Boy the driver of our marshrutka must have thought he was in a F1 driver cus he must have been going 110 kph over some bumpy hwys with a good share of curves! I was starting to feel a bit of motion sickness after a while but luckily we had a break to eat or I should say so the driver could eat. The place we stopped had a few marshrutkas and buses pull in to have a break! I wanted to get a bottle of water but they were hard to find but beers, vodka and other drinks were readily available. The food they were selling was probably OK but full meals so just grabbed a homemade bread or pita which is probably Georgian junk food!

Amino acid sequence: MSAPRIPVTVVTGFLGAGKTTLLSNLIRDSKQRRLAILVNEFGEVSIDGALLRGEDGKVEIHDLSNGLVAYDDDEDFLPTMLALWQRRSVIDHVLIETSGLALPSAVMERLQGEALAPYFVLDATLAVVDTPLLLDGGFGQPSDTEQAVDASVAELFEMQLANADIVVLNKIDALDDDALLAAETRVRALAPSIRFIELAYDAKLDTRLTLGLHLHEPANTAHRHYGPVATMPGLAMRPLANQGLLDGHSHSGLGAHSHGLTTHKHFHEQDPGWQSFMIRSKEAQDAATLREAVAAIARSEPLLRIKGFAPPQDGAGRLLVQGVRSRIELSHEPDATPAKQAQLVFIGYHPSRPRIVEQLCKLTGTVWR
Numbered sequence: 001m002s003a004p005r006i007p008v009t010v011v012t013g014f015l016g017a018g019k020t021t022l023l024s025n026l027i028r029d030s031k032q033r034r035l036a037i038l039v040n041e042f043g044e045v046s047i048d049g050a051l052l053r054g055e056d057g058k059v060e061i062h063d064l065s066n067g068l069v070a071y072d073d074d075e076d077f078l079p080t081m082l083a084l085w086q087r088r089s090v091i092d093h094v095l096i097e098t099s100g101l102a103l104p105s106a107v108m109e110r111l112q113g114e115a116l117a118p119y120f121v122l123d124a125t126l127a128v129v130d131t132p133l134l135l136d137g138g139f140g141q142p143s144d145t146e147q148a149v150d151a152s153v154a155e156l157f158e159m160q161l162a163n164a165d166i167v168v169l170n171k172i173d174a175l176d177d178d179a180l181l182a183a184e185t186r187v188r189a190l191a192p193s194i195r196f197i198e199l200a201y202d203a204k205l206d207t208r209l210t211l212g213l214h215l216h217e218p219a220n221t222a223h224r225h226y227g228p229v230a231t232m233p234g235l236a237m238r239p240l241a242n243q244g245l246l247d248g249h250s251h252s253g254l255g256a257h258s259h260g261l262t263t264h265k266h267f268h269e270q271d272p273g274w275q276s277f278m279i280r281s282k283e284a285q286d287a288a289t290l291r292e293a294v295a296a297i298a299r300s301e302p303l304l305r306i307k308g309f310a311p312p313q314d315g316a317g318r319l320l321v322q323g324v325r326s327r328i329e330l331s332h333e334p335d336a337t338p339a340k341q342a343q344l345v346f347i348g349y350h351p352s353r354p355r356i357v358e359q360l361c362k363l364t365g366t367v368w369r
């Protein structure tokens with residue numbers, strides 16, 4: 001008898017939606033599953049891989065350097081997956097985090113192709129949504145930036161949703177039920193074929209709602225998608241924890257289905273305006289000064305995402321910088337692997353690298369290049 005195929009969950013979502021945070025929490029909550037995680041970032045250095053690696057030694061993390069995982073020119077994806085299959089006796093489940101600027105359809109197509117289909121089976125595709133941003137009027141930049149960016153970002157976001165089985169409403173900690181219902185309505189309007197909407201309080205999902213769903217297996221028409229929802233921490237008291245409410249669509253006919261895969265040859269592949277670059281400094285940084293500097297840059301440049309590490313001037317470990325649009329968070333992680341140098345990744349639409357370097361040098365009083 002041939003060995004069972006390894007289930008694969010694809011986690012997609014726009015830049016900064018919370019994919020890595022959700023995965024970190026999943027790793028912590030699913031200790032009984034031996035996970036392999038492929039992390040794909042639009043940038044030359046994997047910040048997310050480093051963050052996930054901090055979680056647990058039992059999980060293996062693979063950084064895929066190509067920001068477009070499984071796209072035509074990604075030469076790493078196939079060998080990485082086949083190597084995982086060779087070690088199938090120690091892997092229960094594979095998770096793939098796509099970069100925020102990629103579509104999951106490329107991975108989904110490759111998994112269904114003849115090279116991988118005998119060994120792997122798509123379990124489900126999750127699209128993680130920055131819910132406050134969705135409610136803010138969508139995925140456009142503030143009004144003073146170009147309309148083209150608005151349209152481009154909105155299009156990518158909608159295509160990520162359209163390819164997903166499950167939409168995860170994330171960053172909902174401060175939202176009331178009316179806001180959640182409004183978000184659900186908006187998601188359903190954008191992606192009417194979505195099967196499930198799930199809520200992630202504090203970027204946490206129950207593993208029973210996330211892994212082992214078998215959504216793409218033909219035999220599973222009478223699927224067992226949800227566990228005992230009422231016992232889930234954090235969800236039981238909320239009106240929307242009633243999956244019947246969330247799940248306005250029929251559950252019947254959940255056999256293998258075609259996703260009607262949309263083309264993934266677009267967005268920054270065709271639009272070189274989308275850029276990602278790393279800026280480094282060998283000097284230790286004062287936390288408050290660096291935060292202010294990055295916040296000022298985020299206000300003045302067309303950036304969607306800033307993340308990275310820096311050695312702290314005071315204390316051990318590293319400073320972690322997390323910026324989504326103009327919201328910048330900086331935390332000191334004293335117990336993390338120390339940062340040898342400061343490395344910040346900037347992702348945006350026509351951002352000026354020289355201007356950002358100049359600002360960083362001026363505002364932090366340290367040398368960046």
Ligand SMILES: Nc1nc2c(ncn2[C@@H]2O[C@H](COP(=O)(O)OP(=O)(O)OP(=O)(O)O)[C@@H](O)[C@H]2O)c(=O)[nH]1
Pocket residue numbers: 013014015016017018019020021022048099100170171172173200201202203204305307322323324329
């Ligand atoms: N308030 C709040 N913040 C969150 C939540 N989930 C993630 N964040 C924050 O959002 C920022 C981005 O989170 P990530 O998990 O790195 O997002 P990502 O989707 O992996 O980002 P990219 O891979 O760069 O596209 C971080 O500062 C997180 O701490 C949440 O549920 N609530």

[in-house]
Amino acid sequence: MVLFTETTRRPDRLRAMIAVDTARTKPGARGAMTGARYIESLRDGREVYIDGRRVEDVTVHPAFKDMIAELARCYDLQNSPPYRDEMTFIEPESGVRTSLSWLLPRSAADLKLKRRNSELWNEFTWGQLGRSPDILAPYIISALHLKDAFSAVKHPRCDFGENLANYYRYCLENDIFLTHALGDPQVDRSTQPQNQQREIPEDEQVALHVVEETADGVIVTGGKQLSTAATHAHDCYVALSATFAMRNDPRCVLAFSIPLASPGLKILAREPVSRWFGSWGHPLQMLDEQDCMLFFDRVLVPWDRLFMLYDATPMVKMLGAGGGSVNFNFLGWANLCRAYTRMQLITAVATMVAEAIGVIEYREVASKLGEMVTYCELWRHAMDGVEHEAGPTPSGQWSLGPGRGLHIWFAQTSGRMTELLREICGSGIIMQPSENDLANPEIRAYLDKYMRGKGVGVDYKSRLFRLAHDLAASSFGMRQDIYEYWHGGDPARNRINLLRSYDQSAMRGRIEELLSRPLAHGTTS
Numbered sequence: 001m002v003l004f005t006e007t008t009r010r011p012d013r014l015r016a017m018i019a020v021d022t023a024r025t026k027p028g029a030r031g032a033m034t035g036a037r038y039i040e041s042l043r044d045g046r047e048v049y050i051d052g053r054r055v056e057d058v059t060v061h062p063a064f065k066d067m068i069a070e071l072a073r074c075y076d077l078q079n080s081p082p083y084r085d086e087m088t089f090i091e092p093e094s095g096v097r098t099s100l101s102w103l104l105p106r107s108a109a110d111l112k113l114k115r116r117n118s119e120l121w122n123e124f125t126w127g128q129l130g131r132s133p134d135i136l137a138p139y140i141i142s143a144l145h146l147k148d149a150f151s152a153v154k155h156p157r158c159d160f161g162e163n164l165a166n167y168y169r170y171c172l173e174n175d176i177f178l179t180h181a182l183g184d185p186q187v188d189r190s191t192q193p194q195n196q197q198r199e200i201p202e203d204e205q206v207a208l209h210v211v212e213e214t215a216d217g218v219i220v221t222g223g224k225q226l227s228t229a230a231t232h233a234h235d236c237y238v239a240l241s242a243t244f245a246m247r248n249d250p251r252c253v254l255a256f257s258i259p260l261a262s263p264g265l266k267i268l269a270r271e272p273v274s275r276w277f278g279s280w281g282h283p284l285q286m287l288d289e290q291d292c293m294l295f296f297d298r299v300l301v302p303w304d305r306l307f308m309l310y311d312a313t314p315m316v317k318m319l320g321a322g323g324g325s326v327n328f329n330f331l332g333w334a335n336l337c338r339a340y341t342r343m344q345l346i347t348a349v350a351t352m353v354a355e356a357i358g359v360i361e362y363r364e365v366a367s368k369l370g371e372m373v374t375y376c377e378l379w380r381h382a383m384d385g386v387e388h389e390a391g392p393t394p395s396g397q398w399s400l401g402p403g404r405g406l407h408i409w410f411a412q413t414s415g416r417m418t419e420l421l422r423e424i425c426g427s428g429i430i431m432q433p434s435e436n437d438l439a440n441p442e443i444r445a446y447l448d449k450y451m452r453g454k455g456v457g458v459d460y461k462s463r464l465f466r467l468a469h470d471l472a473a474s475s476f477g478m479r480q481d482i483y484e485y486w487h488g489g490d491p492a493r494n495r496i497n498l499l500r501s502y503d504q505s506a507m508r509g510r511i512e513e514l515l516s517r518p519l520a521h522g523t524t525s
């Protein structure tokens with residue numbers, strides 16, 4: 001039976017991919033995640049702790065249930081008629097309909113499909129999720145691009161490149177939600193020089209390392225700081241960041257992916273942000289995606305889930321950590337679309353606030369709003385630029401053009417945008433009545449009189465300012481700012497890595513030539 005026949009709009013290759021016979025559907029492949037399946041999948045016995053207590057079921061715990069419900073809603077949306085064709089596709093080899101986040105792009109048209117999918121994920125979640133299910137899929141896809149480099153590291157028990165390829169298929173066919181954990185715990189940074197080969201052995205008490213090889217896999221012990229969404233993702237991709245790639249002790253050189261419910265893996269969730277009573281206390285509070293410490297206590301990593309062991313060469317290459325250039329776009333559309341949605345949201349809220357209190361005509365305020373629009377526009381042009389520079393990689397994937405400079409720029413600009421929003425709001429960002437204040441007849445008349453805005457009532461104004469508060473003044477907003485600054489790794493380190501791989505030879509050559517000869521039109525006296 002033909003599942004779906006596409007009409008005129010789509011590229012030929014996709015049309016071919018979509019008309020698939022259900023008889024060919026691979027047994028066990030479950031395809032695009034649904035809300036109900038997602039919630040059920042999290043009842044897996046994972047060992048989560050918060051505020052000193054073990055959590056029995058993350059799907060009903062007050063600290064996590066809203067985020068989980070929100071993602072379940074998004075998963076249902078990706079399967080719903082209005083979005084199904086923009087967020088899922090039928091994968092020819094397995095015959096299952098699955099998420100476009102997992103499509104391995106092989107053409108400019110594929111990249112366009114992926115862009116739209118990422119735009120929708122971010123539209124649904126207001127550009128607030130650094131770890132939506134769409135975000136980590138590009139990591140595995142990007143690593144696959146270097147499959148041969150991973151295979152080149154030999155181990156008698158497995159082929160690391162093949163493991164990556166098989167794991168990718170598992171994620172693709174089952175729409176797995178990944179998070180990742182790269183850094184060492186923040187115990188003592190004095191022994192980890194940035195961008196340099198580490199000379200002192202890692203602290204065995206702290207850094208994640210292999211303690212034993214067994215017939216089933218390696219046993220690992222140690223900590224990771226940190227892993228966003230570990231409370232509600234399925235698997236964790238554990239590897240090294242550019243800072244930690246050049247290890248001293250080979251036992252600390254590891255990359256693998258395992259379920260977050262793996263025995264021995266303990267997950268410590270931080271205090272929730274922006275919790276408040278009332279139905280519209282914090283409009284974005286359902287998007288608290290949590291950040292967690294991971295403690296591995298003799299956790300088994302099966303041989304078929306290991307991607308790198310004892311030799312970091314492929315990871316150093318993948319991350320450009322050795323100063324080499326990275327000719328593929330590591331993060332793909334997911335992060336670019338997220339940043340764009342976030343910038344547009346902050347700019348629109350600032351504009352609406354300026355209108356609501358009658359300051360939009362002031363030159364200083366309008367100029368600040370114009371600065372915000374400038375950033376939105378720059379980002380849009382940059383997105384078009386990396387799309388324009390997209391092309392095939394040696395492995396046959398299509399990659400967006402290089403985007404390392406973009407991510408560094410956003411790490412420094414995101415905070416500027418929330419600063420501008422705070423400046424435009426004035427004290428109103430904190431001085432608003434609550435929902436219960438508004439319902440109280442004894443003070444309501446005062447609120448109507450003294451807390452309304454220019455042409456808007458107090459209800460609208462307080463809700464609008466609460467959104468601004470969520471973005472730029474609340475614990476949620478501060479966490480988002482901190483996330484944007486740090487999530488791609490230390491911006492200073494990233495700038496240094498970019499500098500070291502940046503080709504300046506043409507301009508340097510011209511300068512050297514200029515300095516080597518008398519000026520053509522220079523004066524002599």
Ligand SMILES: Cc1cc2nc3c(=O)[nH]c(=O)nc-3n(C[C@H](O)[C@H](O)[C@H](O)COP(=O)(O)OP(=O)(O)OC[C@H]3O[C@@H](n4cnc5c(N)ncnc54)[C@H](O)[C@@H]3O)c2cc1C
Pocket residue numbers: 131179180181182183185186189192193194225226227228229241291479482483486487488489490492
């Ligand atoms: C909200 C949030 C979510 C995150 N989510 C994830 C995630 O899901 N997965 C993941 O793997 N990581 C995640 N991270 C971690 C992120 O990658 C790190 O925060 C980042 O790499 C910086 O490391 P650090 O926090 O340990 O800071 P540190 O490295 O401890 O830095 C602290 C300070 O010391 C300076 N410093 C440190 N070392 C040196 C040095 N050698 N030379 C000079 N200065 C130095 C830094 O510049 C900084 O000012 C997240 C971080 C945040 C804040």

Tbilisi the capital is a nice beautiful city with nice old bldls mostly in great condition,with a good share of churches, etc. Also like Batumi it was a good contradiction of a beautiful show of modernization in the downtown area and old broken down sidewalks and streets in the outlying area. There is a 2 line Metro underground from the marshrutka station (next to the train station) so we hopped on that to get to a budget hotel I saw in the guide book.